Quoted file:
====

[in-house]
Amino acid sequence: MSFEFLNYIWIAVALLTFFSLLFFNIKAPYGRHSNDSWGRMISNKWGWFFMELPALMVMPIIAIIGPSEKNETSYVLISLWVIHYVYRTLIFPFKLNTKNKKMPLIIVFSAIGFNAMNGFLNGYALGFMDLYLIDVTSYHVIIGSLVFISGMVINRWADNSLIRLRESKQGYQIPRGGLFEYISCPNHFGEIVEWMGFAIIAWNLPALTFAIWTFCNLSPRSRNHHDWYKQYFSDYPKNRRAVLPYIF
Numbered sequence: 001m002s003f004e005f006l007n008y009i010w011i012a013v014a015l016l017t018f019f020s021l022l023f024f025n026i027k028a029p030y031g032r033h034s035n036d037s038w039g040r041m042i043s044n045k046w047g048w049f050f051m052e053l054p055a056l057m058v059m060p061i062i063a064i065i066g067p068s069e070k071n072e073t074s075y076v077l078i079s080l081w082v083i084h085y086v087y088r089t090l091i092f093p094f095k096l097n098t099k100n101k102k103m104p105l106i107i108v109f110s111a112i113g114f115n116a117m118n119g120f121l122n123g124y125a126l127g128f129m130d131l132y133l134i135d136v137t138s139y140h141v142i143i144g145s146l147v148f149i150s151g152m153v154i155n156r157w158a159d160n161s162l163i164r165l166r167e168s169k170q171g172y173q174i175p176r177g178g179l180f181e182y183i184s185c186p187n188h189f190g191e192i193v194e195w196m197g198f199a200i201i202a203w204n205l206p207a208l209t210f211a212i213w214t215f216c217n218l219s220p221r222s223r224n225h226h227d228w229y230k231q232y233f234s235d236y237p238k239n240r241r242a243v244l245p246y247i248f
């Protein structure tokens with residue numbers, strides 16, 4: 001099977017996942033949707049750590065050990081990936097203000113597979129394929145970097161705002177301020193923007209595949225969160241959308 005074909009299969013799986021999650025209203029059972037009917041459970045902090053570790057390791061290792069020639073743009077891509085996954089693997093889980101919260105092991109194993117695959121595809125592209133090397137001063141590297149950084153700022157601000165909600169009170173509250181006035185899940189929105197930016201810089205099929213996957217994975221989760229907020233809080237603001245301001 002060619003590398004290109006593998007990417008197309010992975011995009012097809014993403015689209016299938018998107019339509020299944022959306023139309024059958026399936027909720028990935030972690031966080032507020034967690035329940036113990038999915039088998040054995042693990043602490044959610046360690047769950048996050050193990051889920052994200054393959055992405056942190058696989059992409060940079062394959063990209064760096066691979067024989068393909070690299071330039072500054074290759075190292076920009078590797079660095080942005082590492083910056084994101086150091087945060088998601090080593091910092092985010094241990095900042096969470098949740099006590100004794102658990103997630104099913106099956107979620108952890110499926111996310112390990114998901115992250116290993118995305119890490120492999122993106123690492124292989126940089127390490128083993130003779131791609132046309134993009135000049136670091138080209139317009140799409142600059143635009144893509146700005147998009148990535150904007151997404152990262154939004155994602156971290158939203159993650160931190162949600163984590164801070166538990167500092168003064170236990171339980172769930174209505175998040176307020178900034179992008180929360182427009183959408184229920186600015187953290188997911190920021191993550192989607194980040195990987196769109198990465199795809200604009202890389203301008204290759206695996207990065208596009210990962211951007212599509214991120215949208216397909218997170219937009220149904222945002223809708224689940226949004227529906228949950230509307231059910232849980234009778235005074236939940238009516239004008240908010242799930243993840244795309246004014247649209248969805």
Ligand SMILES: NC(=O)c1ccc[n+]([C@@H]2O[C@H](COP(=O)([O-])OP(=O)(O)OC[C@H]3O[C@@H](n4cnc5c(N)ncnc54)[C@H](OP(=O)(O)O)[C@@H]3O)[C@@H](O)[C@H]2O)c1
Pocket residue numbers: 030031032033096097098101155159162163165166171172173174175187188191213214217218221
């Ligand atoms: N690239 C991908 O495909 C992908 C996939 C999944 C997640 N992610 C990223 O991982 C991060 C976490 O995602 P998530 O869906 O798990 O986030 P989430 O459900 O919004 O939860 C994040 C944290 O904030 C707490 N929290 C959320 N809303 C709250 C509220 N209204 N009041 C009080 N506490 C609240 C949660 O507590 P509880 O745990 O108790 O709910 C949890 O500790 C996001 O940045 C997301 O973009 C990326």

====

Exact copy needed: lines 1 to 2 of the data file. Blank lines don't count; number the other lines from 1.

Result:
[in-house]
Amino acid sequence: MSFEFLNYIWIAVALLTFFSLLFFNIKAPYGRHSNDSWGRMISNKWGWFFMELPALMVMPIIAIIGPSEKNETSYVLISLWVIHYVYRTLIFPFKLNTKNKKMPLIIVFSAIGFNAMNGFLNGYALGFMDLYLIDVTSYHVIIGSLVFISGMVINRWADNSLIRLRESKQGYQIPRGGLFEYISCPNHFGEIVEWMGFAIIAWNLPALTFAIWTFCNLSPRSRNHHDWYKQYFSDYPKNRRAVLPYIF